2013 PDMP Workshops


Download a 29-page Preview Guide (pdf) to the 2013 National Rx Drug Abuse Summit.
 

Part 1 – New PDMP Developments / Thursday, April 4, 2013, 8:30 am – 9:30 am
Moderator John L. Eadie
Director, Prescription Monitoring Program Center of Excellence, Brandeis University
Presenters Marty Allain
Director, INSPECT
 
 
Josh Bolin
Government Affairs Director, National Association of Boards of Pharmacy
 
LCDR Christopher M. Jones, PharmD, MPH
Prescription Drug Overdose Team, Division of Unintentional Injury Prevention, Centers for Disease Control and Prevention
Description According to the National Alliance for Model State Drug Laws (NAMSDL), in 2004, only 22 states had enacted legislation to implement a Prescription Drug Monitoring Program (PDMP). By 2010, the number of states with PDMP laws rose to 42. Today, every state except one has enacted legislation to implement a Prescription Drug Monitoring Program (PDMP). However, these programs must continue to evolve in order to enhance access to data and assist clinicians in reducing prescription drug abuse. In this session, we will discuss the new PDMP developments that are currently underway to integrate data and the impact these laws are having on prescribing practices and the prescription drug abuse issue.
Learning Objectives 1. Explain a Prescription Drug Monitoring Program (PDMP)
2. Investigate the efficiency and effectiveness of state-level programs to make improvements.
3. Outline strategies to enhance collaborations with law enforcement, prosecutors, treatment professionals, the medical community, pharmacies, and regulatory boards to establish a comprehensive PDMP strategy.
Part 2 – New Focuses for PDMP’s Efforts / Thursday, April 4, 2013, 9:45 am – 10:45 am
Moderator John L. Eadie
Director, Prescription Monitoring Program Center of Excellence, Brandeis University
Presenters Jennifer Frazier
Health Policy Analyst, Department of Health and Human Services
 
 
CDR Jinhee Lee
Public Health Advisor, Division of Pharmacologic Therapies, Center for Substance Abuse Treatment, SAMHSA
 
 
Mike Small
Department of Justice Administrator II, California Department of Justice
 
 
Len Young
Epidemiologist, Massachusetts Department of Public Health
Description As each state adopts their own version of the PDMP, opportunities for new focuses for PDMPs must be undertaken in order to increase the effectiveness of these programs. This session will outline best practices for the PDMP to notify prescribers who are frequently visited by doctor shoppers. We will also discuss the evaluation of high volume prescribers and deaths of patients by the media.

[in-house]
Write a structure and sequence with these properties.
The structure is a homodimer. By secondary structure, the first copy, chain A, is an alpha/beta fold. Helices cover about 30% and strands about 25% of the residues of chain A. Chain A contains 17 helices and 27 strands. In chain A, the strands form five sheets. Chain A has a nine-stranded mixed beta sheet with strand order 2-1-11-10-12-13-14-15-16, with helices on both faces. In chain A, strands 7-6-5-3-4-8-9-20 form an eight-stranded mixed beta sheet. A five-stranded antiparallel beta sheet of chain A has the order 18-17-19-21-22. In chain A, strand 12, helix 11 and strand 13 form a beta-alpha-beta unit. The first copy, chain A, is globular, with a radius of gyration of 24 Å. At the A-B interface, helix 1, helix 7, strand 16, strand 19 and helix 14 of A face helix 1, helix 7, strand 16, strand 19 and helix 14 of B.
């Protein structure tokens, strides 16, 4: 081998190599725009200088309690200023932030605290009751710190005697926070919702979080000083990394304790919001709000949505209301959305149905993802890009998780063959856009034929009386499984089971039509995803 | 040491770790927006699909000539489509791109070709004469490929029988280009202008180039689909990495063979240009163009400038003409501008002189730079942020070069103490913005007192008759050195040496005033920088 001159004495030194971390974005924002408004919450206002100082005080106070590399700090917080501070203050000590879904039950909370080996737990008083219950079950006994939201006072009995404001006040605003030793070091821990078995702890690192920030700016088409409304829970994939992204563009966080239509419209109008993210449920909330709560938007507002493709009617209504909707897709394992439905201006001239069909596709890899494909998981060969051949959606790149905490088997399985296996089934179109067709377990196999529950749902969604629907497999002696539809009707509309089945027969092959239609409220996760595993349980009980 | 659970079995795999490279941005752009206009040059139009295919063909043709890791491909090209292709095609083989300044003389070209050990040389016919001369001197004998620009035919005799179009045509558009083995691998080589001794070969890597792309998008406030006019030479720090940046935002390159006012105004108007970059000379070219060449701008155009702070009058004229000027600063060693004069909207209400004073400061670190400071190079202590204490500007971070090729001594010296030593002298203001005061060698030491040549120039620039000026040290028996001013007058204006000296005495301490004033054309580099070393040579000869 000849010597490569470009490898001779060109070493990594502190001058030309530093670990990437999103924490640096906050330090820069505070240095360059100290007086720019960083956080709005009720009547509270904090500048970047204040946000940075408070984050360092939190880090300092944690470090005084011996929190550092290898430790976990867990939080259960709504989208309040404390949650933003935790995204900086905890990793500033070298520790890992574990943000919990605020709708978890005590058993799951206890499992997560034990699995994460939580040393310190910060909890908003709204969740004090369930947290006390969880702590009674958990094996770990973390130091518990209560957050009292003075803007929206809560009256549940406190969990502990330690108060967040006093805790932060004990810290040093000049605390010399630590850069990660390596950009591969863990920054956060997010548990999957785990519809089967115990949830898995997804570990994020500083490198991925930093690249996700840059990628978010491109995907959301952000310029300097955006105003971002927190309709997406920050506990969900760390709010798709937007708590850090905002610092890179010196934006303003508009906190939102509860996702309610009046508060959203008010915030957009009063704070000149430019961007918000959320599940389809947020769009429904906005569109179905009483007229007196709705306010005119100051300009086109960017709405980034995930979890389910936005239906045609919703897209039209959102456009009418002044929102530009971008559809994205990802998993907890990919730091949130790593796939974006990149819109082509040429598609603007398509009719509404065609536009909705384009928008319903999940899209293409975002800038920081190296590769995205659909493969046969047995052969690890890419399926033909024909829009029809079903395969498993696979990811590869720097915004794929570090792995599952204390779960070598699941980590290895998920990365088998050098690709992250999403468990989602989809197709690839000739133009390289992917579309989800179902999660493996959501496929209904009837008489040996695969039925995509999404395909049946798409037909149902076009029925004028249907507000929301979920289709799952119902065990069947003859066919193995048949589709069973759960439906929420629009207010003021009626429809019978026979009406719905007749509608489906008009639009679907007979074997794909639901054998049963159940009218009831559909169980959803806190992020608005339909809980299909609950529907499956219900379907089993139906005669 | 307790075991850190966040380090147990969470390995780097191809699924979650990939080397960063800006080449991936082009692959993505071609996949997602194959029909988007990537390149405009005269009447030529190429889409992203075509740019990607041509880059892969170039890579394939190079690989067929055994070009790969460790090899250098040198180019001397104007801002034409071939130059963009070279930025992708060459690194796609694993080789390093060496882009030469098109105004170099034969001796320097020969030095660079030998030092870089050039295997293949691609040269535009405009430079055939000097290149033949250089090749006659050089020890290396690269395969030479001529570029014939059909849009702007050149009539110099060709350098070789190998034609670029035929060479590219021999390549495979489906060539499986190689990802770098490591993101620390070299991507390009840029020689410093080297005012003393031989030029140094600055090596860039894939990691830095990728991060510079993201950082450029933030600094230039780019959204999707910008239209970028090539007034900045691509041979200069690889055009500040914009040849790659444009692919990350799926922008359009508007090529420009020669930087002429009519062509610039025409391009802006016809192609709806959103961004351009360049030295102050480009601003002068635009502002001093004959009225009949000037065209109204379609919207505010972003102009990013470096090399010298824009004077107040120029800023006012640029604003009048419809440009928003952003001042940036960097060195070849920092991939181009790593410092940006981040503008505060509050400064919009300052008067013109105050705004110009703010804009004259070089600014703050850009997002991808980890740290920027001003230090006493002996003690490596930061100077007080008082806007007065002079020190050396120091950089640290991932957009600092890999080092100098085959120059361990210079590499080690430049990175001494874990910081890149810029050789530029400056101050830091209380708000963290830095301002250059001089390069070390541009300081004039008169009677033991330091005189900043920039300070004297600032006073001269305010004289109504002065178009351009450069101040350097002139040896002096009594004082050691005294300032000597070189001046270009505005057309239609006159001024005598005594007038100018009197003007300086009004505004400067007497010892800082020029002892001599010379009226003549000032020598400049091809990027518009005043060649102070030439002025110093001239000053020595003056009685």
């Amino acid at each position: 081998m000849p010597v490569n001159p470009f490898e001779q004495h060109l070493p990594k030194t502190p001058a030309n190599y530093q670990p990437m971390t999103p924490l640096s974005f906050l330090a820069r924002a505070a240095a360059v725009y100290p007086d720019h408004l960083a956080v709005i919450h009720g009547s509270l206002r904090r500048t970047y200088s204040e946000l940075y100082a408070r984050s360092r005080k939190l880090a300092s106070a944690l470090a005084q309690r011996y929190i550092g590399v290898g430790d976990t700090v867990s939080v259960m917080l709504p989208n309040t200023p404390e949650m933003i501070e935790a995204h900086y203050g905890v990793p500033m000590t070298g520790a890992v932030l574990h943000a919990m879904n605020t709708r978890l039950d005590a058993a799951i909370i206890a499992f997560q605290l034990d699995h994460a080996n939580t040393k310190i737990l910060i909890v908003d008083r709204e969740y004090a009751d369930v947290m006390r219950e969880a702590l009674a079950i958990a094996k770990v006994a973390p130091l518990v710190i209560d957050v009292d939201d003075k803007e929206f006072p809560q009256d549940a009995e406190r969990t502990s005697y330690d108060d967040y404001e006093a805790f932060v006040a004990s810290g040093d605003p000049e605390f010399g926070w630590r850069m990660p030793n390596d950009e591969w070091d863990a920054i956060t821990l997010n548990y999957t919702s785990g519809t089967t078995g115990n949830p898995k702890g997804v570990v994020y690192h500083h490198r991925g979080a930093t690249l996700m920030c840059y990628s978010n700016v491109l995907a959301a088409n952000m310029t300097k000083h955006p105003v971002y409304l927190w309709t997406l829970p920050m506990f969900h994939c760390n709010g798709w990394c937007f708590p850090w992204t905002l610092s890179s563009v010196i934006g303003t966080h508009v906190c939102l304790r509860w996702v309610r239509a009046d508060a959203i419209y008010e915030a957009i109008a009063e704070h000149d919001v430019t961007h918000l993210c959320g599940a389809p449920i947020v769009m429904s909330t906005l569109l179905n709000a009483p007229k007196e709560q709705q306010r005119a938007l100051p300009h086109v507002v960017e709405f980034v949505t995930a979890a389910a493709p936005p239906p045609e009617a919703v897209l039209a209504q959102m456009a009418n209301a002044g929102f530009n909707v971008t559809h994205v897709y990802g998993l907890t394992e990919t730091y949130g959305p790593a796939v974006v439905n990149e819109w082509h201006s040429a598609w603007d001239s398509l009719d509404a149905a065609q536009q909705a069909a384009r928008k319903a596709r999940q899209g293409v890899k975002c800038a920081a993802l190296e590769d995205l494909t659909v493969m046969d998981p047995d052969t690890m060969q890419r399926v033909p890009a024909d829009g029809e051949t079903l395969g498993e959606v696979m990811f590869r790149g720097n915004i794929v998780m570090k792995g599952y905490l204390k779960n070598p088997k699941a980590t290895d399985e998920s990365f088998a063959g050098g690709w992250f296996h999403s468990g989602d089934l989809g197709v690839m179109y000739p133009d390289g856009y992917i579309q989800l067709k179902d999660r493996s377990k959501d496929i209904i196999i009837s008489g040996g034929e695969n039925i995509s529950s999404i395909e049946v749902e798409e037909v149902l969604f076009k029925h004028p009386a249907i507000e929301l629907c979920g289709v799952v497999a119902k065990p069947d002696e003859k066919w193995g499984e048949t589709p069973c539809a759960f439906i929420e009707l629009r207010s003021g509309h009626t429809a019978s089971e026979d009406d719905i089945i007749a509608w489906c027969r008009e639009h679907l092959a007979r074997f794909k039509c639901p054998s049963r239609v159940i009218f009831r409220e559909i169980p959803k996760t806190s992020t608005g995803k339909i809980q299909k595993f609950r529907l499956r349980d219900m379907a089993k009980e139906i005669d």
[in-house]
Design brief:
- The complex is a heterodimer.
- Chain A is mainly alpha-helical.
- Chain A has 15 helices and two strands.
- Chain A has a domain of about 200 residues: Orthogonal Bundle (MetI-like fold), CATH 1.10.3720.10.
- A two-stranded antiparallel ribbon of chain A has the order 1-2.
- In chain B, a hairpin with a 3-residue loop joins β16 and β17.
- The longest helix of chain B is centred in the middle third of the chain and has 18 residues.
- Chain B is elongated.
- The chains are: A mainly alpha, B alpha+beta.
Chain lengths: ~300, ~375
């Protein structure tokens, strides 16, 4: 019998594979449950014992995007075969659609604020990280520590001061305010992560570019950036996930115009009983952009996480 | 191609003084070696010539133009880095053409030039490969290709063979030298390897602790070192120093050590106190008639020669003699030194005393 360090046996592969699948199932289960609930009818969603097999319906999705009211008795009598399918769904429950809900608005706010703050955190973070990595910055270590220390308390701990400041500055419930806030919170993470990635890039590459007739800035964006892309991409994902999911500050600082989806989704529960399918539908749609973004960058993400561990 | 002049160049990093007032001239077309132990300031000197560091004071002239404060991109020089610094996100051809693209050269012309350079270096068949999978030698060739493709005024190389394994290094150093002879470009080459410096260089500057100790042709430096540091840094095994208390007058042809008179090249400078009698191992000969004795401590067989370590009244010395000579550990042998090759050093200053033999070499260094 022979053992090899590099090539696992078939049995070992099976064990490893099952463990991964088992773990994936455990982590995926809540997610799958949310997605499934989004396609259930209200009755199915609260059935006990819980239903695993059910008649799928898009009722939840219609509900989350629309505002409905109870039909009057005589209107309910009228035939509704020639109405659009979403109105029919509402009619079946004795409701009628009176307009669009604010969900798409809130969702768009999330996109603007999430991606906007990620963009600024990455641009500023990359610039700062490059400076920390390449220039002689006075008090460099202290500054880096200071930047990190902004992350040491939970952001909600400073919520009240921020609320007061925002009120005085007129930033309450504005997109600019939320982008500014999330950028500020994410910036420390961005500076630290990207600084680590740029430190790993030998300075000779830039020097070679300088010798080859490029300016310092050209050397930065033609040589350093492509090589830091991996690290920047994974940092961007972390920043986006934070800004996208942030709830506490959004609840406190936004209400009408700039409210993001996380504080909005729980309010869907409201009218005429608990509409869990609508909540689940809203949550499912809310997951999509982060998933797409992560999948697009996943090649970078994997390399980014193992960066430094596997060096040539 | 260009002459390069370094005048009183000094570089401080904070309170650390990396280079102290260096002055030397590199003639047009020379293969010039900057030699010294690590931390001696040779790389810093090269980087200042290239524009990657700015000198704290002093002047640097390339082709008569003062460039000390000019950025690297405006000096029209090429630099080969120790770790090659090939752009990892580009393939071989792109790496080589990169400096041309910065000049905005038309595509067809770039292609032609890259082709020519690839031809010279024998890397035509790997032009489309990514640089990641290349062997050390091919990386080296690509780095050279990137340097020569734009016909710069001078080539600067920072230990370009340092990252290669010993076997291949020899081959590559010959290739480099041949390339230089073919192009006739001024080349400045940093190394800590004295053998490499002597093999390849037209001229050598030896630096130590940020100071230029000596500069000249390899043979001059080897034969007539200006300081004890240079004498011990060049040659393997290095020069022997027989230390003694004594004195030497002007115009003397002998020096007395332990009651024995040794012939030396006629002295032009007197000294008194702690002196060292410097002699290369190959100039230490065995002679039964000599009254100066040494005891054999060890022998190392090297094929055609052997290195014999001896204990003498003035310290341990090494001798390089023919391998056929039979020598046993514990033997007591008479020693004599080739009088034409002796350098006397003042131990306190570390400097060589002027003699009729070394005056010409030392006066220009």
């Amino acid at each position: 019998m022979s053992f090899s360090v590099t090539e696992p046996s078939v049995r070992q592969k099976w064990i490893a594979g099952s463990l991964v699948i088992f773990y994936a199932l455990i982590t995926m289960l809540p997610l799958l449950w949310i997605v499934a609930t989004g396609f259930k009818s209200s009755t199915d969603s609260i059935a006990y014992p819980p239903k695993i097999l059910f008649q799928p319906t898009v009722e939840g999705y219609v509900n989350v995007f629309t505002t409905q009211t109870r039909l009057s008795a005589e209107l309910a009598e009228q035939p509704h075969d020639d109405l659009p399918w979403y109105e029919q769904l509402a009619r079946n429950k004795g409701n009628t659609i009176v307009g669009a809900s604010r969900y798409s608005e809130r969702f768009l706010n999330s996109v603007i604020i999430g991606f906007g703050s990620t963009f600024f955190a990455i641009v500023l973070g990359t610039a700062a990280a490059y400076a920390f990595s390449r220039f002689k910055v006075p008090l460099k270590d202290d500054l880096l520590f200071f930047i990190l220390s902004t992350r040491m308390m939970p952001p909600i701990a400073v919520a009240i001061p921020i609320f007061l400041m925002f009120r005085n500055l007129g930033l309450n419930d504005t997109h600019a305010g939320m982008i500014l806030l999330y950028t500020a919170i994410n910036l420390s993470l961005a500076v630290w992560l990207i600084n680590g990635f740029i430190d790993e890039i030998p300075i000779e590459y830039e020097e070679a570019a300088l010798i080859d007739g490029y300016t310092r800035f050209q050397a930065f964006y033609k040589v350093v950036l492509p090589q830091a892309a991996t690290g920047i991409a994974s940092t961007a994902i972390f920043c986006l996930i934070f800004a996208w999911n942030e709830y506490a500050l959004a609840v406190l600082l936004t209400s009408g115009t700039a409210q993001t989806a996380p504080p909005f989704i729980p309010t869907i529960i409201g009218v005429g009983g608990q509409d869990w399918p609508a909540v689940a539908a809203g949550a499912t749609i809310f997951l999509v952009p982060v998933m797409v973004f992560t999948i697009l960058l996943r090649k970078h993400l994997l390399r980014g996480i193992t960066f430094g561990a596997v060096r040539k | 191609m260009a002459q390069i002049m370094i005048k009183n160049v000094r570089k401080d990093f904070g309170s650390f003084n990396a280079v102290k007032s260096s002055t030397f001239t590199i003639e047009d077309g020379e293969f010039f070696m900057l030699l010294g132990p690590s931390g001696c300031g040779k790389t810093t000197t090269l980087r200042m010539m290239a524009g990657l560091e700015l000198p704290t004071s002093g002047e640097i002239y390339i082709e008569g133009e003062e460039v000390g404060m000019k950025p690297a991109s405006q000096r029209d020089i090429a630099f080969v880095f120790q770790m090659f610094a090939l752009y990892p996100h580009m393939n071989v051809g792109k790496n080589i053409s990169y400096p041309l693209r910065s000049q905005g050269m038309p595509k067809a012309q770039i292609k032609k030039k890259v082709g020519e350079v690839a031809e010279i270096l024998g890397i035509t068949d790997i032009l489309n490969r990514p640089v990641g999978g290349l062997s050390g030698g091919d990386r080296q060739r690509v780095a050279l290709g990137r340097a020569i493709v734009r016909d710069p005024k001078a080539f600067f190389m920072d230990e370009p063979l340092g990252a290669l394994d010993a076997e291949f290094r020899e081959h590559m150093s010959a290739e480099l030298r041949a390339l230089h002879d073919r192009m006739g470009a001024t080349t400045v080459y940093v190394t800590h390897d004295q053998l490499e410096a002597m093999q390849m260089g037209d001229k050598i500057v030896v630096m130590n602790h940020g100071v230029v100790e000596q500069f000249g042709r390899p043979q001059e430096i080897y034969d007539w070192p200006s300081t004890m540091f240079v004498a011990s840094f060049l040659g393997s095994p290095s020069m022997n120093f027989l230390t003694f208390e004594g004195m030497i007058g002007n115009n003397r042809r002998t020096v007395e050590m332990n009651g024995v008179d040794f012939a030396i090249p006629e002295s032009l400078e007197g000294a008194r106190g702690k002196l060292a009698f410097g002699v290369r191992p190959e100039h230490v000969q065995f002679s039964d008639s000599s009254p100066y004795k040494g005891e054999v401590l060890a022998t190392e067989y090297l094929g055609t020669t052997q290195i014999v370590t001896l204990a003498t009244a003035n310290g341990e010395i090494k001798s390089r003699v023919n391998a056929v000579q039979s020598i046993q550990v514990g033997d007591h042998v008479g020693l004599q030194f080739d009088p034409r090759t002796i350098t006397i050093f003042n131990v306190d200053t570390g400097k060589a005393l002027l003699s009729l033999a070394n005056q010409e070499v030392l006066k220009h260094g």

Learning Objectives 1. Outline strategies to enhance existing programs’ abilities to analyze and use collected data to identify drug abuse trends.
2. Explain how to enhance existing programs’ ability to analyze and use collected data.
3. Outline new opportunities for PDMP to effectively identify doctor shoppers.
Part 3 – PDMP Coordination with Third-Party Payers / Thursday, April 4, 2013, 11:00 am – Noon
Moderator John L. Eadie
Director, Prescription Monitoring Program Center of Excellence, Brandeis University
Presenters Chris Baumgartner
PMP Director, Washington State Prescription Drug Monitoring Program
 
Alex Swedlow
Executive Vice President, Research, California Workers’ Compensation Institute
 
Bruce C. Wood
Associate General Counsel and Director, Workers’ Compensation, American Insurance Association
Description Comprehensive, well-designed PDMPs can serve a critical role in thwarting prescription drug abuse, as well as illegal drug diversion. It is essential for there to be broad access to PDMP data – by those with a legitimate purpose in such data – and as essential for PDMP programs to actively monitor their databases for suspicious activity, thereby providing a critical check on prescribers and dispensers and facilitating data-sharing.
Learning Objectives 1. State the basis for broad access to PDMP database, including third-party payers.
2. Identify specific strategies to avoid risky prescribing to help physicians avoid trouble with their Boards of the DEA.
3. Outline approaches to data-sharing among states.